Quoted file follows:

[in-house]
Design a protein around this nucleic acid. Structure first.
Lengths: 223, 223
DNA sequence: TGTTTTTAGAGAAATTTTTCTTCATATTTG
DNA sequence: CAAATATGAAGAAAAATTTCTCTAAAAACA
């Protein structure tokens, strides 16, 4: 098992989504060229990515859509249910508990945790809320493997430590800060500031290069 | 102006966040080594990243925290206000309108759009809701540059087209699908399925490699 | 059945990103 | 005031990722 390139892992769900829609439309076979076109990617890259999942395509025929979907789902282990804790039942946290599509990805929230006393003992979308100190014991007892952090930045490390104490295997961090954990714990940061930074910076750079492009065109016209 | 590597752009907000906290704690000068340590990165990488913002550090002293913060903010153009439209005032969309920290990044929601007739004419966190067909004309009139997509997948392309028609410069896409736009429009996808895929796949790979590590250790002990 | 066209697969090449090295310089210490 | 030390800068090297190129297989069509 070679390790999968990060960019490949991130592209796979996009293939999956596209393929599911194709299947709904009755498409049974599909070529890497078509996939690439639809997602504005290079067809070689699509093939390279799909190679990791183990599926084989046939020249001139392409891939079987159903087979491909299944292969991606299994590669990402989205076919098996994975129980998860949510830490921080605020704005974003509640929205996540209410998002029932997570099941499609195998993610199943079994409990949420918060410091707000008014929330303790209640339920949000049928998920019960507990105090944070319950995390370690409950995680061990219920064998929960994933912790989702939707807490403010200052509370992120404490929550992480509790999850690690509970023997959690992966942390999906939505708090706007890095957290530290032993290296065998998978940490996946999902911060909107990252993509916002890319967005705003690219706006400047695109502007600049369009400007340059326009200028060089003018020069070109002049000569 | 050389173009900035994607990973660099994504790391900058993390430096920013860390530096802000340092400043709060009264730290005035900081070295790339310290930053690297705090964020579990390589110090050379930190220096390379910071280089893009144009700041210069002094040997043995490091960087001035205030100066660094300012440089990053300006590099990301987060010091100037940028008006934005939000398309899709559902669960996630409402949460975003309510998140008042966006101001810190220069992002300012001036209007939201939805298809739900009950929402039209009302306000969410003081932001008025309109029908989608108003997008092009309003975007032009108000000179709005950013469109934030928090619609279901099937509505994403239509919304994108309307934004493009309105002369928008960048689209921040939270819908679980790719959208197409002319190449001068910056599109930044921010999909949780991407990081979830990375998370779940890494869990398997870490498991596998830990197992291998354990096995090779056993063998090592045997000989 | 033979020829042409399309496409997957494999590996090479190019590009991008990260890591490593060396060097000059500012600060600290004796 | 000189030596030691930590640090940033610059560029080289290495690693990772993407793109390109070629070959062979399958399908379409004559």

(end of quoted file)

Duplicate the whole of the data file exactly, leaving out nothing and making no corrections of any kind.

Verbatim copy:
[in-house]
Design a protein around this nucleic acid. Structure first.
Lengths: 223, 223
DNA sequence: TGTTTTTAGAGAAATTTTTCTTCATATTTG
DNA sequence: CAAATATGAAGAAAAATTTCTCTAAAAACA
């Protein structure tokens, strides 16, 4: 098992989504060229990515859509249910508990945790809320493997430590800060500031290069 | 102006966040080594990243925290206000309108759009809701540059087209699908399925490699 | 059945990103 | 005031990722 390139892992769900829609439309076979076109990617890259999942395509025929979907789902282990804790039942946290599509990805929230006393003992979308100190014991007892952090930045490390104490295997961090954990714990940061930074910076750079492009065109016209 | 590597752009907000906290704690000068340590990165990488913002550090002293913060903010153009439209005032969309920290990044929601007739004419966190067909004309009139997509997948392309028609410069896409736009429009996808895929796949790979590590250790002990 | 066209697969090449090295310089210490 | 030390800068090297190129297989069509 070679390790999968990060960019490949991130592209796979996009293939999956596209393929599911194709299947709904009755498409049974599909070529890497078509996939690439639809997602504005290079067809070689699509093939390279799909190679990791183990599926084989046939020249001139392409891939079987159903087979491909299944292969991606299994590669990402989205076919098996994975129980998860949510830490921080605020704005974003509640929205996540209410998002029932997570099941499609195998993610199943079994409990949420918060410091707000008014929330303790209640339920949000049928998920019960507990105090944070319950995390370690409950995680061990219920064998929960994933912790989702939707807490403010200052509370992120404490929550992480509790999850690690509970023997959690992966942390999906939505708090706007890095957290530290032993290296065998998978940490996946999902911060909107990252993509916002890319967005705003690219706006400047695109502007600049369009400007340059326009200028060089003018020069070109002049000569 | 050389173009900035994607990973660099994504790391900058993390430096920013860390530096802000340092400043709060009264730290005035900081070295790339310290930053690297705090964020579990390589110090050379930190220096390379910071280089893009144009700041210069002094040997043995490091960087001035205030100066660094300012440089990053300006590099990301987060010091100037940028008006934005939000398309899709559902669960996630409402949460975003309510998140008042966006101001810190220069992002300012001036209007939201939805298809739900009950929402039209009302306000969410003081932001008025309109029908989608108003997008092009309003975007032009108000000179709005950013469109934030928090619609279901099937509505994403239509919304994108309307934004493009309105002369928008960048689209921040939270819908679980790719959208197409002319190449001068910056599109930044921010999909949780991407990081979830990375998370779940890494869990398997870490498991596998830990197992291998354990096995090779056993063998090592045997000989 | 033979020829042409399309496409997957494999590996090479190019590009991008990260890591490593060396060097000059500012600060600290004796 | 000189030596030691930590640090940033610059560029080289290495690693990772993407793109390109070629070959062979399958399908379409004559």